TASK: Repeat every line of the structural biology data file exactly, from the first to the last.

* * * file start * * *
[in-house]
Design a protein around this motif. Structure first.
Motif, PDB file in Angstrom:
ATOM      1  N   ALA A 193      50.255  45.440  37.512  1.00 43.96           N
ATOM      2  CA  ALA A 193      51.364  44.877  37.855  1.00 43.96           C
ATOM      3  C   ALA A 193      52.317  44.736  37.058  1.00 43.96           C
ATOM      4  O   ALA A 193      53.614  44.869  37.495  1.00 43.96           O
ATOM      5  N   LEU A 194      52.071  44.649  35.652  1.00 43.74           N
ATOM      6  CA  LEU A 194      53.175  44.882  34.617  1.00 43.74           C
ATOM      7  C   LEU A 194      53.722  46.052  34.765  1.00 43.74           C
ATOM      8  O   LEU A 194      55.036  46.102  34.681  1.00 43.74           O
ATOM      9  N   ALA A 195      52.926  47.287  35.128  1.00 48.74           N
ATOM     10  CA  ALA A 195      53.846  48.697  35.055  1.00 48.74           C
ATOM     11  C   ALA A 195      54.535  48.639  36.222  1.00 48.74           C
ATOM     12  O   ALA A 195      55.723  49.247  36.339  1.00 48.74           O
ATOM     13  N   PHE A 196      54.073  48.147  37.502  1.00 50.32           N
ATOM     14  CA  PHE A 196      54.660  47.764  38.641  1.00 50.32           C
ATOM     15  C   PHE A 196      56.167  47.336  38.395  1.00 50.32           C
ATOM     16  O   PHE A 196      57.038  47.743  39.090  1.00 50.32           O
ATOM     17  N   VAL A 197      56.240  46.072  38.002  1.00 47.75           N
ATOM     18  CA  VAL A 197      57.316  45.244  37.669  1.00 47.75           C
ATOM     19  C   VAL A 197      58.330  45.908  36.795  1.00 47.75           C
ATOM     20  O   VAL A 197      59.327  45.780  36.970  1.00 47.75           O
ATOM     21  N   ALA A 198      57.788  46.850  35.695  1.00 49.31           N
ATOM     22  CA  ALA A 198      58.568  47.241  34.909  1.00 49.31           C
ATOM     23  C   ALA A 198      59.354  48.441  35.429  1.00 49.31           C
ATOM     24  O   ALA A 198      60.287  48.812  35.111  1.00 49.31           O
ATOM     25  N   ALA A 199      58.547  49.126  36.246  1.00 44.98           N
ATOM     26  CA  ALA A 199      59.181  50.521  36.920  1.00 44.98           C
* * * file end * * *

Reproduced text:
[in-house]
Design a protein around this motif. Structure first.
Motif, PDB file in Angstrom:
ATOM      1  N   ALA A 193      50.255  45.440  37.512  1.00 43.96           N
ATOM      2  CA  ALA A 193      51.364  44.877  37.855  1.00 43.96           C
ATOM      3  C   ALA A 193      52.317  44.736  37.058  1.00 43.96           C
ATOM      4  O   ALA A 193      53.614  44.869  37.495  1.00 43.96           O
ATOM      5  N   LEU A 194      52.071  44.649  35.652  1.00 43.74           N
ATOM      6  CA  LEU A 194      53.175  44.882  34.617  1.00 43.74           C
ATOM      7  C   LEU A 194      53.722  46.052  34.765  1.00 43.74           C
ATOM      8  O   LEU A 194      55.036  46.102  34.681  1.00 43.74           O
ATOM      9  N   ALA A 195      52.926  47.287  35.128  1.00 48.74           N
ATOM     10  CA  ALA A 195      53.846  48.697  35.055  1.00 48.74           C
ATOM     11  C   ALA A 195      54.535  48.639  36.222  1.00 48.74           C
ATOM     12  O   ALA A 195      55.723  49.247  36.339  1.00 48.74           O
ATOM     13  N   PHE A 196      54.073  48.147  37.502  1.00 50.32           N
ATOM     14  CA  PHE A 196      54.660  47.764  38.641  1.00 50.32           C
ATOM     15  C   PHE A 196      56.167  47.336  38.395  1.00 50.32           C
ATOM     16  O   PHE A 196      57.038  47.743  39.090  1.00 50.32           O
ATOM     17  N   VAL A 197      56.240  46.072  38.002  1.00 47.75           N
ATOM     18  CA  VAL A 197      57.316  45.244  37.669  1.00 47.75           C
ATOM     19  C   VAL A 197      58.330  45.908  36.795  1.00 47.75           C
ATOM     20  O   VAL A 197      59.327  45.780  36.970  1.00 47.75           O
ATOM     21  N   ALA A 198      57.788  46.850  35.695  1.00 49.31           N
ATOM     22  CA  ALA A 198      58.568  47.241  34.909  1.00 49.31           C
ATOM     23  C   ALA A 198      59.354  48.441  35.429  1.00 49.31           C
ATOM     24  O   ALA A 198      60.287  48.812  35.111  1.00 49.31           O
ATOM     25  N   ALA A 199      58.547  49.126  36.246  1.00 44.98           N
ATOM     26  CA  ALA A 199      59.181  50.521  36.920  1.00 44.98           C